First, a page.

Lost Ski Areas of Southern California
Mt. Waterman and Kratka Ridge
Editor's Note: Mt. Waterman Ski Area reopened on February 16, 2008 after being closed for five years. For more information, visit their website – www.skiwaterman.com. Neighboring Kratka Ridge Ski Area remains closed and the future of the area is uncertain.
Just under one hour from Downtown Los Angeles is the former ski areas once known as Los Angeles' closest. Located in the Angeles National Forest off Angeles Crest Highway 2 is Mt. Waterman and Kratka Ridge ski areas. The two resorts were each small, but played a significant role in Southern California's skiing history.
Robyn's Run, Mt. Waterman Ski Area
Expert "face" run with view of the parking lot below at Mt. Waterman.
Kiss-n-Run, an intermediate trail on Chair 2 at Mt. Waterman.
Mt. Waterman Ski Area Trail Map Enlarge
Kratka Ridge Ski Area Trail Map Enlarge
Lynn Newcomb, Sr. one of the pioneers in Southern California skiing started Mt. Waterman with a rope tow in 1939. Three years later, Newcomb built the first chairlift in Southern California at Mt. Waterman. At the time (1942) it was only the second chairlift in the state. For more than 60 years the Newcomb family operated Mt. Waterman Ski Area and Newcombs Ranch Inn on Highway 2 leading to the ski areas.
Kratka Ridge, Mt. Waterman's neighbor was located two miles past Mt. Waterman and opened in 1954 with a single chairlift. That same "Single Chair" still remains at Kratka Ridge today. In 1999, both ski areas were sold to a new owner and renamed Angeles Crest Resorts.
The new owners had aggressive plans to update the facilities at both resorts, expand terrain and more importantly, install a modern snowmaking system. Their efforts to secure funding and permits unfortunately failed.
Both ski areas lack a snowmaking system and thus rely solely on mother nature for snow. With the lack of such modern facilities each ski area has had inconsistent seasons compared to the resorts in Wrightwood, Big Bear Lake and Running Springs.
After the first owners failed Mt. Waterman fell back into the hands of the Newcomb family for a couple of years. It was sold again to a group of die hard skiers, but this group failed to ever open the resort. Bad snow years, lack of cash to operate and the failure to secure the necessary permits added to the problems. The base facilities and single chair at Kratka Ridge also burned to the ground December 2001.
In February 2005 one of the owners died in a unfortunate accident on Mt. Waterman. The 2004-2005 season brought record snowfall to Mt. Waterman and Kratka Ridge, but neither resort operated. The last known year of operation for Kratka Ridge was spring 2001. Mt. Waterman is known to have last operated in February 2002.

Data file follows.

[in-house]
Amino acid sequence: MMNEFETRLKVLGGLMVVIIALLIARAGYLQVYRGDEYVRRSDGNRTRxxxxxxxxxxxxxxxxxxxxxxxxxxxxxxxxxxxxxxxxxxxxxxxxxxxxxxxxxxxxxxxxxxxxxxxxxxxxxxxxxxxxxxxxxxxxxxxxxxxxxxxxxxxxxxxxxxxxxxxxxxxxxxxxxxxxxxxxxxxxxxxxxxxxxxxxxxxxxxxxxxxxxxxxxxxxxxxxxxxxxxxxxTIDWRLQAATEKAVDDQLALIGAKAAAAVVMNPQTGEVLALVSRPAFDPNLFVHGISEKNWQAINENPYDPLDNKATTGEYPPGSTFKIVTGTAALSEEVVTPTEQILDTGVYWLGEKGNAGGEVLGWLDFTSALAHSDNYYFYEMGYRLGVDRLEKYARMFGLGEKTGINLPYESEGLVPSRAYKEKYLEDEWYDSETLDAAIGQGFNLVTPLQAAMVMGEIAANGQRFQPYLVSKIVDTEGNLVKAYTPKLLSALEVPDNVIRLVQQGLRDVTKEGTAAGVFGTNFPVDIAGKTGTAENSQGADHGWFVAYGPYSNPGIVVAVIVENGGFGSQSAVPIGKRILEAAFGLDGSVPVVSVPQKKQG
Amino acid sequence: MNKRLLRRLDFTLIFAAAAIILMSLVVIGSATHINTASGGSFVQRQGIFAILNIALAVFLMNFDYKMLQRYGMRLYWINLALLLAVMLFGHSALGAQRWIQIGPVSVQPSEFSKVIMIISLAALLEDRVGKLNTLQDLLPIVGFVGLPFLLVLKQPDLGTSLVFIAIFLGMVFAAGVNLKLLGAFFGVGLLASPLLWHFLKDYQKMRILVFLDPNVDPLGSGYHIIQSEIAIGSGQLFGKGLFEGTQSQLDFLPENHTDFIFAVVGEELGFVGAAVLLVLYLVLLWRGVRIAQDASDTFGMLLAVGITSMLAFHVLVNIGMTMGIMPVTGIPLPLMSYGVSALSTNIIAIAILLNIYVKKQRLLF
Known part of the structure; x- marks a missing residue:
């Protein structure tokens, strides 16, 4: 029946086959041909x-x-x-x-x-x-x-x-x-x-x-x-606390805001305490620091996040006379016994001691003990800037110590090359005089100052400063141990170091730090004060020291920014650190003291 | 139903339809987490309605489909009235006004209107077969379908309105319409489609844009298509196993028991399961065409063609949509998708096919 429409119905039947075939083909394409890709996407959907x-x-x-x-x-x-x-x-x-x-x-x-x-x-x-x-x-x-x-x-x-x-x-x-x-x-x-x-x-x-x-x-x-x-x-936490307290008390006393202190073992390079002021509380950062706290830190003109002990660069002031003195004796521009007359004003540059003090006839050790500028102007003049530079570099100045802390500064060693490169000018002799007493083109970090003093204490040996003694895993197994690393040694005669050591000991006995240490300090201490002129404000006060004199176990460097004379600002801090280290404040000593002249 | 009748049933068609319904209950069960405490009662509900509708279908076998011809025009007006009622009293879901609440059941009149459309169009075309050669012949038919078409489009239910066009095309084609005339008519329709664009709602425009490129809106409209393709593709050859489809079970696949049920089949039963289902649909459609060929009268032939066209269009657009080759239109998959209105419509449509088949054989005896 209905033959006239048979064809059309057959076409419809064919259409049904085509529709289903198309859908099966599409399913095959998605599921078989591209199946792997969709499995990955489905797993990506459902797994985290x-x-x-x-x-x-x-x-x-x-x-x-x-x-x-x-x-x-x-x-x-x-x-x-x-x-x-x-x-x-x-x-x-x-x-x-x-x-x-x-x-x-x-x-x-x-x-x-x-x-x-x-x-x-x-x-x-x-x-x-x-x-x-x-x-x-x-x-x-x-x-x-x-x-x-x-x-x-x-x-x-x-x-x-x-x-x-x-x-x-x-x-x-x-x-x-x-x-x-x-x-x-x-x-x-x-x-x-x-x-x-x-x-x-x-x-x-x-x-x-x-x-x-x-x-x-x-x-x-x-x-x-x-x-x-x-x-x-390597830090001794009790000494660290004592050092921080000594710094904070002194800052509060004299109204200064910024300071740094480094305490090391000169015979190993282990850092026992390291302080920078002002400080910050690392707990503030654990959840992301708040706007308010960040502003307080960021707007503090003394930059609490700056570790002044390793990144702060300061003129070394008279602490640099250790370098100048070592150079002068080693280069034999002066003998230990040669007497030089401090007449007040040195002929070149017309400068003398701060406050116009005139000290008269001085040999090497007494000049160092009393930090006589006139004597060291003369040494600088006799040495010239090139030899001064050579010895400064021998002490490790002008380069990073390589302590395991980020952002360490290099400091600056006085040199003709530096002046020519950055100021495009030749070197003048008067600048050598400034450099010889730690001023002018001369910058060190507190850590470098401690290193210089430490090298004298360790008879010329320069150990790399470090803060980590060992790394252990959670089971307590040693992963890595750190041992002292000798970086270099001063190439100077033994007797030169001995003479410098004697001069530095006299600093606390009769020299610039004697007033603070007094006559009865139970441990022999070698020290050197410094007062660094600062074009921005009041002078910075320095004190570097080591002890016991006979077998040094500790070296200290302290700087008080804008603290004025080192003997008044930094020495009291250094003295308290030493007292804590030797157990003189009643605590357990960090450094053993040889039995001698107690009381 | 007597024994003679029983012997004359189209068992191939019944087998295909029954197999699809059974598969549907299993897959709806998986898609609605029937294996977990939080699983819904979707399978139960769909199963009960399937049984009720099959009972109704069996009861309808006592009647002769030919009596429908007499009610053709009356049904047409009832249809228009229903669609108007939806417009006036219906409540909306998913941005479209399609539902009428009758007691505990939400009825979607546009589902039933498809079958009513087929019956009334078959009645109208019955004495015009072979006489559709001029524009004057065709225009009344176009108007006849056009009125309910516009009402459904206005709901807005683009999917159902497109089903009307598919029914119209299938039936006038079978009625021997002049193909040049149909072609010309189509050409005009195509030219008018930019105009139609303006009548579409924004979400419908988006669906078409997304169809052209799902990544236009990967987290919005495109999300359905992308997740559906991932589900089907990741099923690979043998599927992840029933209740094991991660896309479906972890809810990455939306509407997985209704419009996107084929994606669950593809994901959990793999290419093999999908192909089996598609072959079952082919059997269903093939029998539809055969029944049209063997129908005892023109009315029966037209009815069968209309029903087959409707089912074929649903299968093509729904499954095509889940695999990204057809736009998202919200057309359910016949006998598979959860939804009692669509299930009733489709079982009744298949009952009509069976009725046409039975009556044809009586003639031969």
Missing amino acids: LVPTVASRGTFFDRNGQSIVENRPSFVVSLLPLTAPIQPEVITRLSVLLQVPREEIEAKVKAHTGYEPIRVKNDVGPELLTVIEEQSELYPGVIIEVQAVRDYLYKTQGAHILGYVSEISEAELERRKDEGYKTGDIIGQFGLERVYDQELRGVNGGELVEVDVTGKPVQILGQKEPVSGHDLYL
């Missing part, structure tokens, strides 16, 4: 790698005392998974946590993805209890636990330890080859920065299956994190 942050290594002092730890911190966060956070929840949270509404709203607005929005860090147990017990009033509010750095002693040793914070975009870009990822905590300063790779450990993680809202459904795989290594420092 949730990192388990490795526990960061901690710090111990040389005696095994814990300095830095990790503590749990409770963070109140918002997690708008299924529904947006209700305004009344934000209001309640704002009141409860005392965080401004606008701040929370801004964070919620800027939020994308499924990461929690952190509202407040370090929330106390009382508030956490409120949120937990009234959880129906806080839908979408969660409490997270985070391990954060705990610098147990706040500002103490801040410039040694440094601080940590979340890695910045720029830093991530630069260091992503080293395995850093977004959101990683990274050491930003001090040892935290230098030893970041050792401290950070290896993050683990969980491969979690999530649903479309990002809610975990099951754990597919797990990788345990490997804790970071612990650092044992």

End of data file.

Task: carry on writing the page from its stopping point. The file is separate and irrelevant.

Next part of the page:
Mt. Waterman at closing featured three double chairs. The top elevation is 8,000 feet and the base elevation at the bottom of Chair 1 is 6,950 feet. The base facilities at Mt. Waterman were limited to a ticket booth and roadside parking. The "Warming Hut" was located at the top of Chair 1 and had restrooms, food service, ski school, rentals and first aid.
Chair 1 served the legendary "face runs" which were all black diamond. The face runs were not exactly inviting to beginner and intermediate skiers, but Mt. Waterman made the effort to make it known that there was plenty of beginner and intermediate terrain up top serviced by its own double chair, Chair 2. Downloading on Chair 1 was permitted if you were not able to ski the challenging expert slopes back to the parking lot.
Chair 2 served four main trails, two beginner and two intermediate. Warming Hut Trail was a long gentle beginner trail from the summit back to the Warming Hut. Nice-N-Easy started at the summit and split at the funnel to either the Race Course or a merge with the intermediate trail Kiss-N-Run. Newcomb's Delight named after the owner was the second intermediate slope.
In the summer of 1981 Mt. Waterman constructed Chair 3 in the Bighorn area east of Chair 2. The new Riblet double chair served mostly advanced terrain, Rams Revenge and Streakers.
Recently, the forest service announced that they have revoked the permit for Mt. Waterman and Kratka Ridge. The current owners have until June 30, 2006 to either sell or vacate the permit area. If they fail to sell and the new owners fail to secure a permit the ski area's facilities and chairlifts will be dismantled and bulldozed by the US Forest Service.
The Pasadena Star reported on March 12 that Lynn Newcomb and another investor are interested in buying Mt. Waterman and Kratka Ridge.
Photo credits: Mt. Waterman Ski Area Brochure